Saving England's most threatened species from extinction

Archive:

Guest Blogs

Woodland Birds Creative Writing

Woodland Birds Creative Writing Even if you've never been to Northamptonshire, there is a good chance you've heard of Rockingham Forest. This was once a hunting forest covering over a third of the county; it now exists in isolated patches dotted through a farmed landscape, giving people like me the opportunity to walk in nature...

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Crafty Pine Martens!

We recently ran a creative workshop as part of our Pine Marten Project to make feeder boxes for Pine Martens at National Trust’s Cragside in Northumberland. What exactly are feeder boxes? They are wooden boxes which can be filled with food, such as peanuts, and installed on a tree. A camera trap can be trained...

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Red-hemp Nettle

  Red-hemp Nettle It’s a cool blustery day at the end of September and whilst there’s still no immediate sign of colour change in the trees, there is an autumnal feel in the air. We’ve had a good long season of surveying this year, as we started early with such a dry and bright spring....

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Rare Lichen at Burnham Beeches

Rare Lichen at Burnham Beeches Burnham Beeches had been pretty much written off as unimportant for lichens as it was assumed pollution from London would have led to the demise of interesting species.  One particularly important species – the Pox lichen (Pyrenula nitida) – was known to survive, but only on one dead Beech tree....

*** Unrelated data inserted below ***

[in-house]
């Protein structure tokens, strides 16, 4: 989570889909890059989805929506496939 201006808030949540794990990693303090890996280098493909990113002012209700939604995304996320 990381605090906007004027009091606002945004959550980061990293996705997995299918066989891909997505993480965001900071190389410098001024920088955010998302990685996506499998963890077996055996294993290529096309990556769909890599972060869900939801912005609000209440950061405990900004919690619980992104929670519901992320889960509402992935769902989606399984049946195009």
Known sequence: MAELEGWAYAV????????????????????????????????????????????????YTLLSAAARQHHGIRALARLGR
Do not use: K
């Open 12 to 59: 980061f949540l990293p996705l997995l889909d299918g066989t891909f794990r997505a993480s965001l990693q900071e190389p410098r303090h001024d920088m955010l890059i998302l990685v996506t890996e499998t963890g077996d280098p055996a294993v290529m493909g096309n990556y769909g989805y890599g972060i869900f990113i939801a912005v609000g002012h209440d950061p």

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Chequered Skipper Caterpillar Find!

Chequered Skipper caterpillar find! Over the last couple of years, I have been  involved with the volunteer monitoring of the Chequered Skipper release in Rockingham Forest, firstly with the adult butterflies brought in from Belgium , and then with the butterflies that had emerged from those first adults. Later in the first year we had...

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Small Flowered Catchfly – Guest Blog

Small Flowered Catchfly Primarily focused on attracting dog walkers to enjoy acres of space where dogs can run free, Dawlish Countryside Park has begun its mission to combat increasing pressure from visitors at nearby sensitive wildlife sites.  Some may think of it as a sacrificial site, but look closer and you will discover there is...

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Weeds or the Key to Survival? – Guest Blog

Arable plants: weeds, or the key to the survival of our farmland wildlife? Arable land cultivated for crops like cereals, potatoes, broccoli or daffodils is part of the farming landscape, but what does the term arable conjure up for you? Whether you picture a romantic vision of scarlet Poppies and bright blue Cornflowers dotted about...

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Working with Arable Plants – Guest Blog

Working with Arable Plants – Guest Blog  Walking along a footpath through a typical cornfield, it is easy to see why someone may be rather nonplussed by arable plants. An occasional creeping thistle or bindweed that has missed the spray boom, may be all that is visible amongst a mono-culture of wheat or barley. Even...

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Arable Memories – Lost Flowers!

Not only have we lost the flowers … My mother who was born in 1924 was keen on wildflowers and had a wildflower book (a school prize for her ‘fieldwork’) in which she ticked off all the wildlflowers she had seen. Under her guidance I too became interested in wild plants from an early age,...

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